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New Zealand's Otago University has concluded that the vaping poses far less health risks to user compared to smokers of tobacco.
The report has been published on the university's Public Health Expert blog website. The article studied biological markers in vapers/electronic cigarette users compared with those of tobacco smokers.
E-cigarettes (or vaporisers) are battery-powered devices that vaporise liquid nicotine (e-liquid) and are widely available in New Zealand. Experts consider them a useful way to quit or reduce smoking.
Sales of nicotine liquid are permitted in the UK, where Public Health England said last year that the best estimate is that e-cigarettes are around 95 per cent less harmful than smoking. Vaping devices are in fact subsidised as quit-smoking devices in the UK!
The Wellington based researchers for Otago University say bio-markers, such as certain components of urine and exhaled breath should be assessed to estimate the potential harm of e-cigarettes.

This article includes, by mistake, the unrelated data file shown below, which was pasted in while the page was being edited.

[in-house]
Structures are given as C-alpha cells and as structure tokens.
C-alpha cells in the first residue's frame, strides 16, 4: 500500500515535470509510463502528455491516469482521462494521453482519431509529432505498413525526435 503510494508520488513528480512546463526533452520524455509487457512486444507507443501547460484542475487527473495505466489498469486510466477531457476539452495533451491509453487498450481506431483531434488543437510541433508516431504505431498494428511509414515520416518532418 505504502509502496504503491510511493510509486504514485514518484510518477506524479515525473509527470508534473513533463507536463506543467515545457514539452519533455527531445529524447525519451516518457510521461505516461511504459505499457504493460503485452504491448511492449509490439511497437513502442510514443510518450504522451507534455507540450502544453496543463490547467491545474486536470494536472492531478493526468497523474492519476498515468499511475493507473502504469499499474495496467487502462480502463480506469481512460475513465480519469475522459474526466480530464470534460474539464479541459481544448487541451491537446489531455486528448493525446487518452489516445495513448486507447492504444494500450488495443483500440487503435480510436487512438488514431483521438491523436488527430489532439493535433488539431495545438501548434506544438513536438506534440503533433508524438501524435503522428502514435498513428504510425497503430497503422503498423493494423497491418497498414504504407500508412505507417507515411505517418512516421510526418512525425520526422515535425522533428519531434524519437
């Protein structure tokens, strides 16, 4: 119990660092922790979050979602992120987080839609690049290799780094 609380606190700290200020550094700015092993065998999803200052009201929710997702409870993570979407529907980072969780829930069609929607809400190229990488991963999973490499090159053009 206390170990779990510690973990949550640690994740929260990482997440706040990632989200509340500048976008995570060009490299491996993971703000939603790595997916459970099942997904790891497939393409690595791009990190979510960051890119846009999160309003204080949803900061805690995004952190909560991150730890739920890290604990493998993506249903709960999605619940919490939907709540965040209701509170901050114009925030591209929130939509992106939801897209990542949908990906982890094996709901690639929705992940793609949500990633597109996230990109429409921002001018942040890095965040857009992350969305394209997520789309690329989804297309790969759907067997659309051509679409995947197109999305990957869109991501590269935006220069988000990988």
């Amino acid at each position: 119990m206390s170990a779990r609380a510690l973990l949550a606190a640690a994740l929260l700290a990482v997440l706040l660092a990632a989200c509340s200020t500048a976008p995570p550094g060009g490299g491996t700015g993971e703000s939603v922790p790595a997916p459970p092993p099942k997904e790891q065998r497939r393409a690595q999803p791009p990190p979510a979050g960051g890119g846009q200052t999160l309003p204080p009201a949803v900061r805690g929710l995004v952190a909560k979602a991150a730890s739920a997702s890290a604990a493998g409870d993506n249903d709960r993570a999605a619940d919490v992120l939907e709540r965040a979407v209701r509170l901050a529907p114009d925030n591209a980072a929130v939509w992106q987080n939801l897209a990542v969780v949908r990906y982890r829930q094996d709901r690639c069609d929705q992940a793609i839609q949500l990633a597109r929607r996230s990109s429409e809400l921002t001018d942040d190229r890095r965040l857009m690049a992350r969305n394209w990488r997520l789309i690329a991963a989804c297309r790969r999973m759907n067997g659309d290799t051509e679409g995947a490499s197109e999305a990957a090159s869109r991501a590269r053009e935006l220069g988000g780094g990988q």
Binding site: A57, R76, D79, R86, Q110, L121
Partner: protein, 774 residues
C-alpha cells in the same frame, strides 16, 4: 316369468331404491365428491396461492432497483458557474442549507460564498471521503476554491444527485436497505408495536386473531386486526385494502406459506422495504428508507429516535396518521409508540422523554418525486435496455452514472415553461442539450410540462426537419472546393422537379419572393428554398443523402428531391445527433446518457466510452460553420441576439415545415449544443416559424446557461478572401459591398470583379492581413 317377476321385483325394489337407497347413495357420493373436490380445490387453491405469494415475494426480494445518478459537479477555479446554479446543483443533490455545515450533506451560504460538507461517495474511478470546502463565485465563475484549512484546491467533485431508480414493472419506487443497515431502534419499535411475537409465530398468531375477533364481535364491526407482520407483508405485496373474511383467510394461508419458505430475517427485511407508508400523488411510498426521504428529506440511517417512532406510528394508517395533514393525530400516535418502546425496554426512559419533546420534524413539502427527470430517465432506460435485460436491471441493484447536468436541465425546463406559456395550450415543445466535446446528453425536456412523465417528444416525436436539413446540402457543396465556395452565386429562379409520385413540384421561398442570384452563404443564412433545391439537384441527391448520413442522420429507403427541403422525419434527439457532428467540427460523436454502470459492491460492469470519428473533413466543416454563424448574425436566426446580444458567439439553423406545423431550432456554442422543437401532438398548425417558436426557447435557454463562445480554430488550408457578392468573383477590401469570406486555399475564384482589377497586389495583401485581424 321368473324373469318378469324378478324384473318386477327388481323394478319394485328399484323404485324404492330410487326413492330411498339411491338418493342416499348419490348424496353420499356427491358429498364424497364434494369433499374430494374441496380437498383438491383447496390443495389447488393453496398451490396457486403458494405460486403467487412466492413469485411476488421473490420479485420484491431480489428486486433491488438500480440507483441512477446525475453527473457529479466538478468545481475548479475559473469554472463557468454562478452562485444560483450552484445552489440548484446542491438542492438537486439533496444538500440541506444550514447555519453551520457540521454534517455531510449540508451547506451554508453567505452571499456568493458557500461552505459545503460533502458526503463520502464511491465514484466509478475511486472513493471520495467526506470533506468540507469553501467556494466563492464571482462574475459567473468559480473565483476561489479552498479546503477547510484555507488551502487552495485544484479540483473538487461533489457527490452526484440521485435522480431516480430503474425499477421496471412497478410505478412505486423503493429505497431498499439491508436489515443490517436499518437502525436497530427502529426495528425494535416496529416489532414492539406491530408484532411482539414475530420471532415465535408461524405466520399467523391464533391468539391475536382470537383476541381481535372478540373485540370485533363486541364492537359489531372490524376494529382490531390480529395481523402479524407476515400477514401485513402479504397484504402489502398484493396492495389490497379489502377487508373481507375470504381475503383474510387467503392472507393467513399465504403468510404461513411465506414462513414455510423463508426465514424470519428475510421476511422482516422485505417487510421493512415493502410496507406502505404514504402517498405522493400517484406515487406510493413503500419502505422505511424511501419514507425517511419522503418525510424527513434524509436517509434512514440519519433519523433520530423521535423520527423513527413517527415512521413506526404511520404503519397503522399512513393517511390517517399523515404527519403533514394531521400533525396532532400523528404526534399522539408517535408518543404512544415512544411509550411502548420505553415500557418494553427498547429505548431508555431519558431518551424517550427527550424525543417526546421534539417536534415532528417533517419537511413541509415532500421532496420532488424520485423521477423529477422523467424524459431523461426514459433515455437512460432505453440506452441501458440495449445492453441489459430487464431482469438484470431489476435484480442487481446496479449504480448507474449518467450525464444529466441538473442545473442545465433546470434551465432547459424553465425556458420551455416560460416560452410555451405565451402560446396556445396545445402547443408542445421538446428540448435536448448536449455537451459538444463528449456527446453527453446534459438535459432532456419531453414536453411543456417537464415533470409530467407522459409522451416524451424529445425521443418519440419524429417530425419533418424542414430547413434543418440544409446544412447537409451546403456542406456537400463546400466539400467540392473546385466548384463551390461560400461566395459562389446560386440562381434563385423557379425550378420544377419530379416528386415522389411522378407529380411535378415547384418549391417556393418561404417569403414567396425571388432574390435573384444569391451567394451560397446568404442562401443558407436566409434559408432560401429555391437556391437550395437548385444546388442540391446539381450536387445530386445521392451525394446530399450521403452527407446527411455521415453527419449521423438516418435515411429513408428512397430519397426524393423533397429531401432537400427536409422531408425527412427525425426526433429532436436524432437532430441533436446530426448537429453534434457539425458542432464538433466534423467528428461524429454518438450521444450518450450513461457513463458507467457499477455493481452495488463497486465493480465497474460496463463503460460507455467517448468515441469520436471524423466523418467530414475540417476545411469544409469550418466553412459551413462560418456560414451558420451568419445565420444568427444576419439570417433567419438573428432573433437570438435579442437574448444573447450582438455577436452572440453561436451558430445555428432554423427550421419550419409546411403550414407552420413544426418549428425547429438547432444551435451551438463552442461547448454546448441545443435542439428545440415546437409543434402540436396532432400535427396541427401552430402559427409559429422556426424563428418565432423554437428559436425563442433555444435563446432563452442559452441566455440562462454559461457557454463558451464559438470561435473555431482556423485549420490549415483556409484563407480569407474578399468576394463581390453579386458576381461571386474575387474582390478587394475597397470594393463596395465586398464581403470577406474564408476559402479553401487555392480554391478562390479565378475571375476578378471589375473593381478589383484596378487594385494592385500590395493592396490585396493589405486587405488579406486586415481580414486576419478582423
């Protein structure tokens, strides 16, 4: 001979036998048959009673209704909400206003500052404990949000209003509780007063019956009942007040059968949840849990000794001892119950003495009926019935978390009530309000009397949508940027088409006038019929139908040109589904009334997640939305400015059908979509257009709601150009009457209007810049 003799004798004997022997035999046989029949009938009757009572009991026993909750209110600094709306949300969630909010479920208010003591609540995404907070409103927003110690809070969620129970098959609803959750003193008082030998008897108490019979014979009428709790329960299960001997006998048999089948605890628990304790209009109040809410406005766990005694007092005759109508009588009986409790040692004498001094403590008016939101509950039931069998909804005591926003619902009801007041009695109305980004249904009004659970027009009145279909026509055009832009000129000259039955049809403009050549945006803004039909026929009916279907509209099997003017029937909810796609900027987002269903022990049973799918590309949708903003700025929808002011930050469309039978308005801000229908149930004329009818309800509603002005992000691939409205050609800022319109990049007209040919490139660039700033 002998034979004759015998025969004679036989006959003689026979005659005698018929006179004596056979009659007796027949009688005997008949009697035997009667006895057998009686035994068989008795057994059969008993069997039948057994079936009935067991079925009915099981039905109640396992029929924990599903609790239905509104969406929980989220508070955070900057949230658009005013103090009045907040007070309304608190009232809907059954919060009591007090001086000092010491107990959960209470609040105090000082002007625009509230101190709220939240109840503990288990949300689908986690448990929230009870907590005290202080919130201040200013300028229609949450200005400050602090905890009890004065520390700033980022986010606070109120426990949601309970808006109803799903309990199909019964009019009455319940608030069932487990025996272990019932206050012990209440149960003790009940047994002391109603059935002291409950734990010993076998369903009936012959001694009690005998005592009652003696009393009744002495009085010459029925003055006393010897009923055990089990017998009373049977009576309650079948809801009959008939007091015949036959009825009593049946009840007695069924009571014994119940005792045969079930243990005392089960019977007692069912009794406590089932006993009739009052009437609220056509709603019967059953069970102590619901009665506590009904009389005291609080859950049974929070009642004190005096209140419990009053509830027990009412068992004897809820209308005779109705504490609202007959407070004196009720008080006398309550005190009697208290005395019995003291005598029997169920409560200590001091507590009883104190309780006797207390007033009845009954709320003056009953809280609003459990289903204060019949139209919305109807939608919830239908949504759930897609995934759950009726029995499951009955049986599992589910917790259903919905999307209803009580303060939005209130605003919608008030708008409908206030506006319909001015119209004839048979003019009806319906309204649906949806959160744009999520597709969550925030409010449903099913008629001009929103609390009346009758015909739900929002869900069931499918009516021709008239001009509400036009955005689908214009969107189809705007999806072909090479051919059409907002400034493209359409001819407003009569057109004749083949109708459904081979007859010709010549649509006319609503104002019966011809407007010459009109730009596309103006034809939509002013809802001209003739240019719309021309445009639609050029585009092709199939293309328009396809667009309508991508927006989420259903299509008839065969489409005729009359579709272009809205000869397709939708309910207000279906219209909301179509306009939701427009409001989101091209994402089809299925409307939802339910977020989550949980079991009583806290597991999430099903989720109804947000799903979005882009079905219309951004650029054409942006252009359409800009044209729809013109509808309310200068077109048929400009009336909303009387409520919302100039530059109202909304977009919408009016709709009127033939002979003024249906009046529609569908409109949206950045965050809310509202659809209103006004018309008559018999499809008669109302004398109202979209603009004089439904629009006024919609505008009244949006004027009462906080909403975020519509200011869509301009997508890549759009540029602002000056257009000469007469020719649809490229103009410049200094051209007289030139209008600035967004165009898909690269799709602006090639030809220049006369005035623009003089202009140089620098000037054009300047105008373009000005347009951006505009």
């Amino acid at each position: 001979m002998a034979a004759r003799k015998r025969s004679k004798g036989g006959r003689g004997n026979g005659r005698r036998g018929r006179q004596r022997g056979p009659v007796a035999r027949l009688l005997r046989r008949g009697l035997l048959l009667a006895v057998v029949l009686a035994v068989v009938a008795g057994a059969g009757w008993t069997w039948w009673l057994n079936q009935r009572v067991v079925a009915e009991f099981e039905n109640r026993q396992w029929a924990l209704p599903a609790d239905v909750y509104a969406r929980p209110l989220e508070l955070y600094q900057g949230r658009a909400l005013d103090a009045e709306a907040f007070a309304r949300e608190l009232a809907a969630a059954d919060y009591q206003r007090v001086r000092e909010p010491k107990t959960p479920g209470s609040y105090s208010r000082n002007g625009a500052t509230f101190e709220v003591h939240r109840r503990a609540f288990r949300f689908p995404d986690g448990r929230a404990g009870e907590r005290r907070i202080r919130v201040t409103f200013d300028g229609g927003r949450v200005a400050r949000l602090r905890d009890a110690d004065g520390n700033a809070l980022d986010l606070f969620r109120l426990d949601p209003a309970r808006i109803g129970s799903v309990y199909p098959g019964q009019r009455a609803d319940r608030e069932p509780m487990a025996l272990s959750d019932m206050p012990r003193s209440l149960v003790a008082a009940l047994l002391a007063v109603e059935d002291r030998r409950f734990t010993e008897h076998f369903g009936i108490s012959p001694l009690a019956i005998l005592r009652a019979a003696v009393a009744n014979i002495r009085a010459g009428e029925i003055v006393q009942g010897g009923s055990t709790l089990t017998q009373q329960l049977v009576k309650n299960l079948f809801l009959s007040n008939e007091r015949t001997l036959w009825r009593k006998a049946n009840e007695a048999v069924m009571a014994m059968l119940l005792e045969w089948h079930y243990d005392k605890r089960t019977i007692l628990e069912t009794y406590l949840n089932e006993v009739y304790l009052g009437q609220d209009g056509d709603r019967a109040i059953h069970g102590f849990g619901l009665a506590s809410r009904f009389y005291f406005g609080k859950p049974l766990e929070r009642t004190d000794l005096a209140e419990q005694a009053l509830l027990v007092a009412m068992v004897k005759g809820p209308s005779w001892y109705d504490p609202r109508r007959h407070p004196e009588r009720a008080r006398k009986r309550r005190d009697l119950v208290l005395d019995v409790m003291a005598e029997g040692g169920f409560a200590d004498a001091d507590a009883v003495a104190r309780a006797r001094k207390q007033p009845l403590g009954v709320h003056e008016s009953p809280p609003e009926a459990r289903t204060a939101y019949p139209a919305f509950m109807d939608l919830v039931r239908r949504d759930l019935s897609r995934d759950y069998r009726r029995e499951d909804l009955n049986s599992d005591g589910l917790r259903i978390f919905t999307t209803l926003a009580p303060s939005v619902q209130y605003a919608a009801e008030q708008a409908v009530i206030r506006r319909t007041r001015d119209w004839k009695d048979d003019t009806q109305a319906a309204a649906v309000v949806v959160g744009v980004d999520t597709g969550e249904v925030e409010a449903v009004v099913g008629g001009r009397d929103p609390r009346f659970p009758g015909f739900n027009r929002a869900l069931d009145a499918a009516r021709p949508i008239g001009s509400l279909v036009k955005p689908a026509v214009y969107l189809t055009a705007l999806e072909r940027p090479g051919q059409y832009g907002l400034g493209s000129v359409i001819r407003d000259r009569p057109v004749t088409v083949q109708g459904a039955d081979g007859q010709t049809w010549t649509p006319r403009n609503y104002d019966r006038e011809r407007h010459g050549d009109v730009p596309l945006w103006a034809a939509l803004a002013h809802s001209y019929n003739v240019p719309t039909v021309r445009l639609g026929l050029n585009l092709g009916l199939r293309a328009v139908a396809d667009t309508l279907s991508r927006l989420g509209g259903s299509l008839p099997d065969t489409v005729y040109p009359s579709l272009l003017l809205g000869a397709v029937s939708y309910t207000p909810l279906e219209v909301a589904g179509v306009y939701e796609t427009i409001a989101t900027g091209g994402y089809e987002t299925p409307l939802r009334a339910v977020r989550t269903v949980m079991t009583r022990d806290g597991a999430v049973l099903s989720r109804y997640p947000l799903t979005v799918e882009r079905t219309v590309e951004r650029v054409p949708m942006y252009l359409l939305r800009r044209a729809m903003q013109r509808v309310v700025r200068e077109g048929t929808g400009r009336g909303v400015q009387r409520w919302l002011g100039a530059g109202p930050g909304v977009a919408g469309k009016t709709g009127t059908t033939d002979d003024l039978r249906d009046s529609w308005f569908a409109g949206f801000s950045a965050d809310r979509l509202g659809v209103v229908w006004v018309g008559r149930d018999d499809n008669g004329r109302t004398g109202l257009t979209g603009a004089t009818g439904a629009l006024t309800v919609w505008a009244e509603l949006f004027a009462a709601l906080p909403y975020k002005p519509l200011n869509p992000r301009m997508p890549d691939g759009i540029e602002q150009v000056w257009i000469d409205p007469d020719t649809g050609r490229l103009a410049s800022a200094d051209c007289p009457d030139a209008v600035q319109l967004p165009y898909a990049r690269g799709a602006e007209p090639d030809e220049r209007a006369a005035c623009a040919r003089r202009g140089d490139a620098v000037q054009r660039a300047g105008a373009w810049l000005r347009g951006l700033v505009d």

- Vapers are exposed almost zero carbon monoxide risk compared to that faced by smokers;
- The same is true for inflammatory markers of likely relevance to cardiovascular and respiratory disease; and
- Vapers' risks is 14-23 per cent that of smokers in most studies for cancer-related toxicants.
The Wellington researchers say it seems likely that if smokers shift entirely to vaping, their risk of chronic disease would be expected to decline.
The safest option for smokers using vaping to reduce their health risk would be to switch to vaping only, as soon as possible, and to aim to quit vaping too -- if possible without relapsing to smoking, "which represents the greater risk to health".